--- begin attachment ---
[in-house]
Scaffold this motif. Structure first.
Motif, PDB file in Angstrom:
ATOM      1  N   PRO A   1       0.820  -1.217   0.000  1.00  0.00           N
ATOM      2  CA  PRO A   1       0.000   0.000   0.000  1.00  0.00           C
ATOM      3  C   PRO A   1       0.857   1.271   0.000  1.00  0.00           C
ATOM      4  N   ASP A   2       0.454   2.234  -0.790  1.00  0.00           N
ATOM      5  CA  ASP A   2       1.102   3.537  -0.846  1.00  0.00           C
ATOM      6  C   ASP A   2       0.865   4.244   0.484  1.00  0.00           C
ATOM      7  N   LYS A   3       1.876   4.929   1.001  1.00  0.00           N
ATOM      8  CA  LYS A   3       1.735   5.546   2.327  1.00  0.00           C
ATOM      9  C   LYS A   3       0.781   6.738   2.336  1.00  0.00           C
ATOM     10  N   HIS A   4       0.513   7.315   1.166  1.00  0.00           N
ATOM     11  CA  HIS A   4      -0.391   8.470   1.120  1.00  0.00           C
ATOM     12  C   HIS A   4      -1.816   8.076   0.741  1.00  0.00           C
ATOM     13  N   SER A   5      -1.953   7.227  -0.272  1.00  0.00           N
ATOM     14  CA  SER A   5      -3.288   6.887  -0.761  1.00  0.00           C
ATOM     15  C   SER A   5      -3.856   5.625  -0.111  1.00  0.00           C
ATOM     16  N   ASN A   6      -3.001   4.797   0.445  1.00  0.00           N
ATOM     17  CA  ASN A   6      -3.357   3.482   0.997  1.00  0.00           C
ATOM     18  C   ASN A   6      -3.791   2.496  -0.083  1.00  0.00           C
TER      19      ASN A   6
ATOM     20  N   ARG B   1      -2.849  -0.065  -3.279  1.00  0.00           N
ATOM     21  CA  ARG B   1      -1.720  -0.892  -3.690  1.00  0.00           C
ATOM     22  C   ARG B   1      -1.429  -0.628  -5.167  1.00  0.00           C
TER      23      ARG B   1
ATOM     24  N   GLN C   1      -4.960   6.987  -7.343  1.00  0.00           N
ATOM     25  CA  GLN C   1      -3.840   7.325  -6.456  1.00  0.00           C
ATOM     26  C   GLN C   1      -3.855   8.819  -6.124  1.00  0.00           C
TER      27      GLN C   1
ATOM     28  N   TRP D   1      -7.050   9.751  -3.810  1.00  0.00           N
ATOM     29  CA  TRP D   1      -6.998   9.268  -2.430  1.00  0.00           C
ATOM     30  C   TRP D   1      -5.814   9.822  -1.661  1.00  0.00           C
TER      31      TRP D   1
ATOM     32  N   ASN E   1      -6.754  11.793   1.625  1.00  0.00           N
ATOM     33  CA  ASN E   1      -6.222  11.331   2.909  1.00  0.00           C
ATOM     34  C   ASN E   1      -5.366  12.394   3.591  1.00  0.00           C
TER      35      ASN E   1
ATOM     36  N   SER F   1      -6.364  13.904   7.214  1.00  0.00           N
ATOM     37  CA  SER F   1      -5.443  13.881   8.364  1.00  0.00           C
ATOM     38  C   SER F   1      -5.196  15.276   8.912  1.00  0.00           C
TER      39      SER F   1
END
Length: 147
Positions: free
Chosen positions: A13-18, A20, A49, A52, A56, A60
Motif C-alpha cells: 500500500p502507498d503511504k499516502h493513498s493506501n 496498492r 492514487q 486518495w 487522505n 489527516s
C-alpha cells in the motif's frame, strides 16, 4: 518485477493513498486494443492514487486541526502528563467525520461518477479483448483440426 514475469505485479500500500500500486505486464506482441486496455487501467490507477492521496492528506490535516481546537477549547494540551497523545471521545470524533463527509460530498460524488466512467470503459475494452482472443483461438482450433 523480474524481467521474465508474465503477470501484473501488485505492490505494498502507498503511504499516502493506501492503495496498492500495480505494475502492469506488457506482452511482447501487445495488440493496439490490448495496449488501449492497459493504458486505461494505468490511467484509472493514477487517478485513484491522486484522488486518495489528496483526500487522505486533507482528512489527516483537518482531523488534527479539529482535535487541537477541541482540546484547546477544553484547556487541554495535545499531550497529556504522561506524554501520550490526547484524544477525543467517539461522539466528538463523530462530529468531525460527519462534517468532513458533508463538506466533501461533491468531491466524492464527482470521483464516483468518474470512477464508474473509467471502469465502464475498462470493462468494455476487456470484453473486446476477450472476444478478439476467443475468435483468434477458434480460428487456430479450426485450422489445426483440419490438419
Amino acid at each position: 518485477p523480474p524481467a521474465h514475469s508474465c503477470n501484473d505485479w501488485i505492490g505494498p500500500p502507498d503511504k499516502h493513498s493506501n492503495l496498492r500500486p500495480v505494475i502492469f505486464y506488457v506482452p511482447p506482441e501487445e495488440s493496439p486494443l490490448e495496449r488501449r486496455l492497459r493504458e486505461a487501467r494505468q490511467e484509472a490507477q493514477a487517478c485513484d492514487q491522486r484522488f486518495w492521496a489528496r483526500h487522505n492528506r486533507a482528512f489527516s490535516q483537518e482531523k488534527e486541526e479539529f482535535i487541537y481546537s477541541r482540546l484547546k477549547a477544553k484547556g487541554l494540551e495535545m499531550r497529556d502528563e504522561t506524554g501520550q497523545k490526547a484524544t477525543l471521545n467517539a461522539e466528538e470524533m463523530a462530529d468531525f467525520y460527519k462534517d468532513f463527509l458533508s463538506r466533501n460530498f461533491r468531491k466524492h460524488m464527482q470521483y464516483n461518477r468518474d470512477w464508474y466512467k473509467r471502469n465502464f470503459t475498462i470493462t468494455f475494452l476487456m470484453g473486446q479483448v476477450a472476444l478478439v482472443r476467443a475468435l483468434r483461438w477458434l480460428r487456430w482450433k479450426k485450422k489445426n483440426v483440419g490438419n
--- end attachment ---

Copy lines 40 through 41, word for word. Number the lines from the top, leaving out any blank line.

ATOM     37  CA  SER F   1      -5.443  13.881   8.364  1.00  0.00           C
ATOM     38  C   SER F   1      -5.196  15.276   8.912  1.00  0.00           C